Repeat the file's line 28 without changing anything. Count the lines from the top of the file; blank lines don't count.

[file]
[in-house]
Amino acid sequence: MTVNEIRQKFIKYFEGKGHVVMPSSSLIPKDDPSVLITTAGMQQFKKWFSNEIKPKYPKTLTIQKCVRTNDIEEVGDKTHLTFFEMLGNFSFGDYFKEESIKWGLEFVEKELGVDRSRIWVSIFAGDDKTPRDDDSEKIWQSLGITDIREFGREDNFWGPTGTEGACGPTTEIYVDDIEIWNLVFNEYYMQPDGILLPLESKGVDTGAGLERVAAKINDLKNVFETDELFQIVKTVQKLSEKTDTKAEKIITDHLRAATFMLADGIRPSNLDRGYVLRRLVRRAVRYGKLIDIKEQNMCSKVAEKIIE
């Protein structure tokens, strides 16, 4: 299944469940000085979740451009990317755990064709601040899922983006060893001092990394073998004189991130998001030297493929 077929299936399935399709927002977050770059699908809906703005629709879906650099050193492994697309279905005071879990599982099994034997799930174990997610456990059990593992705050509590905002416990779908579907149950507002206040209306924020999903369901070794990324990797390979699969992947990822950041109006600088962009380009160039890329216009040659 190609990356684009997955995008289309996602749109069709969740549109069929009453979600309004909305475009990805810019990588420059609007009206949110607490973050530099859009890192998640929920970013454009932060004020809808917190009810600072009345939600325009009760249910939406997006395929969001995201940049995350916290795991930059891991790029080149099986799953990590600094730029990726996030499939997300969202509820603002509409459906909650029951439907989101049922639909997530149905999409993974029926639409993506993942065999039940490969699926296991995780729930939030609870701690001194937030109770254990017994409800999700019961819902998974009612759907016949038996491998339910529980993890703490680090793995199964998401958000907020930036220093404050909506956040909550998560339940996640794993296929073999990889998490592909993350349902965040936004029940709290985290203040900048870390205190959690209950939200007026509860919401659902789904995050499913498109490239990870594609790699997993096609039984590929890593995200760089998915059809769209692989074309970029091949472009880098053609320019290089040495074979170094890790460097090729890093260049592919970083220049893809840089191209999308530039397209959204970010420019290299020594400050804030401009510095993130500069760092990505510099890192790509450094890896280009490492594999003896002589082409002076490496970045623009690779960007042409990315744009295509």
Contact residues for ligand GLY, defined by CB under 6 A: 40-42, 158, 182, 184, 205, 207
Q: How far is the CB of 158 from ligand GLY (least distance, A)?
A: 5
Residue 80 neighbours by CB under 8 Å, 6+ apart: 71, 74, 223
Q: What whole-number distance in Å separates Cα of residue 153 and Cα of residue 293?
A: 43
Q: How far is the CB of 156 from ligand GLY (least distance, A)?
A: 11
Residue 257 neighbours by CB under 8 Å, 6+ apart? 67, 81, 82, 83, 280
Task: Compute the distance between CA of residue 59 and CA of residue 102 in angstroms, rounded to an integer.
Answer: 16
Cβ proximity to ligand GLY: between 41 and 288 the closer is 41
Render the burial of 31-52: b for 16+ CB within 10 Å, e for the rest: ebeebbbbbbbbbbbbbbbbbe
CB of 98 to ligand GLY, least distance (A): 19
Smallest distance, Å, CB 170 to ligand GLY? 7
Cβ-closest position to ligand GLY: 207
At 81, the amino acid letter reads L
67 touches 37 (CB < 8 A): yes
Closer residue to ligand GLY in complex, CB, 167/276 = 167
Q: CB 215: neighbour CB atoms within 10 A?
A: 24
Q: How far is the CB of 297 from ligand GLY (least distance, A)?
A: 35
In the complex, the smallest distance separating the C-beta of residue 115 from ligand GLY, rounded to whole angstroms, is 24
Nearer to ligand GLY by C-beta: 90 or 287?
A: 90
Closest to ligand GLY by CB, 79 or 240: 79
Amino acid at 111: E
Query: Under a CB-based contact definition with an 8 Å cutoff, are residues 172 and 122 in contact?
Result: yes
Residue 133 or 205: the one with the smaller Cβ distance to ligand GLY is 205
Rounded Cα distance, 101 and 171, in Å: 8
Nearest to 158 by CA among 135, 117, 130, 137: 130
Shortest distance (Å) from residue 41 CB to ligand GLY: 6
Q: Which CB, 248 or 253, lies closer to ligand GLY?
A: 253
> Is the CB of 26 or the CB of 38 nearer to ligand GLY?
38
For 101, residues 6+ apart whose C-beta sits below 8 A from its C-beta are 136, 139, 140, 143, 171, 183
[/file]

Nearer to ligand GLY by C-beta: 90 or 287?